As the nation evolved with this particular mindset, its laws evolved right along with it, and their brutality in the face of even the most innocent and accidental nudity is staggering to anyone outside our borders. Just a few years ago, a young man in Springfield, VA faced charges of indecent exposure for being naked in his own kitchen at 5:30 in the morning after a woman and her son illegally trespassed across his front yard and caught a glimpse of him through the window.
With local statutes like these and even more dangerous federal statutes on some campgrounds, beaches, and at national parks, it just isn't worth the risk of being caught in the buff on US soil. I'm somebody who's plenty comfortable in his natural state, but I'm also not interested in ending up on any state's registry of offenders for changing into or out of a bathing suit in public.
The changing tents on our list provide you with a safe, easy-to-use way to keep yourself from being found indecent, or finding yourself in the headlines. Most of them share similarities in construction with simple pop-up hampers, allowing you to set them up and break them down in just seconds.
Others are built more like traditional camping tents with an assembly of poles for you to master before you can get inside and get into a new set of rags. In either case, the materials in use are usually a nylon polymer synthetic that will resist water and dust, so you can set up a changing tent on the desert plains as easily as you would in heavy rains.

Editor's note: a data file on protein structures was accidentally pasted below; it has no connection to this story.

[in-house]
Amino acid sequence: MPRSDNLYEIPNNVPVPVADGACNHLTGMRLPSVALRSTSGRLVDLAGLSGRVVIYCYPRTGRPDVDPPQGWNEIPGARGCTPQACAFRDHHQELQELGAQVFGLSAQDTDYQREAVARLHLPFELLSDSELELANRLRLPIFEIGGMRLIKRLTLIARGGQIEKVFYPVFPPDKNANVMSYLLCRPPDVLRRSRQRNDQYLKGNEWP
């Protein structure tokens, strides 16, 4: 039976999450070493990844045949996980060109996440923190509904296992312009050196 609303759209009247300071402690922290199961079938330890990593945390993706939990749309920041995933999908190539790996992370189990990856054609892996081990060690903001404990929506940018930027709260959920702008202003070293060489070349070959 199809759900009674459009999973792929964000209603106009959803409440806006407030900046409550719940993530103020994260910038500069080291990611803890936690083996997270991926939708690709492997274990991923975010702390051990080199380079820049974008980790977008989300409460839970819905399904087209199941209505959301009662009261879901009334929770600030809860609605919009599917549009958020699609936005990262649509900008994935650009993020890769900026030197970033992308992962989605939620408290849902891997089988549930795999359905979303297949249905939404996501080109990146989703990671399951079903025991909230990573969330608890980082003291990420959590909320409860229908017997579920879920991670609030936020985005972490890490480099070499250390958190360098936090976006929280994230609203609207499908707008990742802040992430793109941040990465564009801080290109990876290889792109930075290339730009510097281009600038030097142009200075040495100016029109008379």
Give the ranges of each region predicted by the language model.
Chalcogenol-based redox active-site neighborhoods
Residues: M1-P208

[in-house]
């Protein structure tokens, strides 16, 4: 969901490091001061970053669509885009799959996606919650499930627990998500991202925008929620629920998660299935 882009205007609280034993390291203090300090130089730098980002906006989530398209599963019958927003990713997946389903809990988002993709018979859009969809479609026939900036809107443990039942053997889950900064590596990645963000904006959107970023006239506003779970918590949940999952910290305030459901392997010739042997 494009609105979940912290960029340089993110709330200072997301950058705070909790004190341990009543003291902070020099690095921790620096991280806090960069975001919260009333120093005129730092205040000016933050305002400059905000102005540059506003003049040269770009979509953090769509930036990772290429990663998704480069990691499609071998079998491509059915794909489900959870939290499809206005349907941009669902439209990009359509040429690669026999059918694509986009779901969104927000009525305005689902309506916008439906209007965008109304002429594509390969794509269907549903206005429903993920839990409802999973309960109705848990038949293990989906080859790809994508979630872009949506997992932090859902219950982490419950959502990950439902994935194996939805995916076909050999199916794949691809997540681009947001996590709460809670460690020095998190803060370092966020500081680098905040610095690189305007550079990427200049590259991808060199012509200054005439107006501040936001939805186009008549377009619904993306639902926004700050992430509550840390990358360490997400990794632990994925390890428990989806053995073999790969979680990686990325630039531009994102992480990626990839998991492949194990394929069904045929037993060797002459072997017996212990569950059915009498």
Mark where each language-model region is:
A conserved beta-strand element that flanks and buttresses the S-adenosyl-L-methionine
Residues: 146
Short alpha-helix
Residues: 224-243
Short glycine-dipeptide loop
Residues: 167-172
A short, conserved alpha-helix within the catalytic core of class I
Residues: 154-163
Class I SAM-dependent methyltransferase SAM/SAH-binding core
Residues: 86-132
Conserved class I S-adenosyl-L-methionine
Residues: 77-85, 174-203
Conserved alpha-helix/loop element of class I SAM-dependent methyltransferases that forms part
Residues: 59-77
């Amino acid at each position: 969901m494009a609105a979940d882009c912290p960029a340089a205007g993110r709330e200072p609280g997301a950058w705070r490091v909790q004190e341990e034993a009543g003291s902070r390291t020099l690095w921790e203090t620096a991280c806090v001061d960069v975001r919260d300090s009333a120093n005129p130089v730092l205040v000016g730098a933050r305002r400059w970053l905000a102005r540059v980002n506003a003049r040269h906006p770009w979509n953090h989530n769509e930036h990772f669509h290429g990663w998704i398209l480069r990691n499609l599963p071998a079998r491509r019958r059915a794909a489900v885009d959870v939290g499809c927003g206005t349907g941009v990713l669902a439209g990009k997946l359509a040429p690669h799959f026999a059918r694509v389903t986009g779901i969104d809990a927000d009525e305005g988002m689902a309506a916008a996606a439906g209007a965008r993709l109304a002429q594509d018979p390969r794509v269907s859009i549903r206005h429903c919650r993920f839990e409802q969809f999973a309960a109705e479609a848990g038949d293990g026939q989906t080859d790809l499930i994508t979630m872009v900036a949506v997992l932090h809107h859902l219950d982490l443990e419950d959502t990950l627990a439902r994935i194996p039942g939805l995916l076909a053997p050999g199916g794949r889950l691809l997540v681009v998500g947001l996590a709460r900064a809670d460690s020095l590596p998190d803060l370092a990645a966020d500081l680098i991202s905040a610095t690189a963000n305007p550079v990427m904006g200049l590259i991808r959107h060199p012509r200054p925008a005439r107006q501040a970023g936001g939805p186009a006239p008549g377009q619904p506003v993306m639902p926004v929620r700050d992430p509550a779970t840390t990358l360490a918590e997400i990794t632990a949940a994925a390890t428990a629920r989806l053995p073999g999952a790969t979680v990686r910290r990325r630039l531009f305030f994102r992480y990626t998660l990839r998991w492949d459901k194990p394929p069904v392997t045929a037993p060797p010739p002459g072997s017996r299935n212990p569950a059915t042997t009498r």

From Head To Toe
In most cases, you'll set up one of these changing tents near a body of water. Getting into or out of a swimsuit presents its variety of potential complications. I recall being a kid and having one of my parents hold up a towel behind which I was meant to change. I never felt quite secure behind the thing.
A couple of the more expensive changing tents on our list have enough natural height to them to allow for complete vertical comfort, and they have top coverings, to boot.
Many changing tents provide you with a full three hundred sixty degrees of coverage, while some have protection from above. I don't think we have to worry too much about somebody flying a camera drone over your changing tent and seeing your business from above, but having the roof closed is a great thing when you suddenly find yourself pulled from the water by a rainstorm and you don't want your clothes getting wet.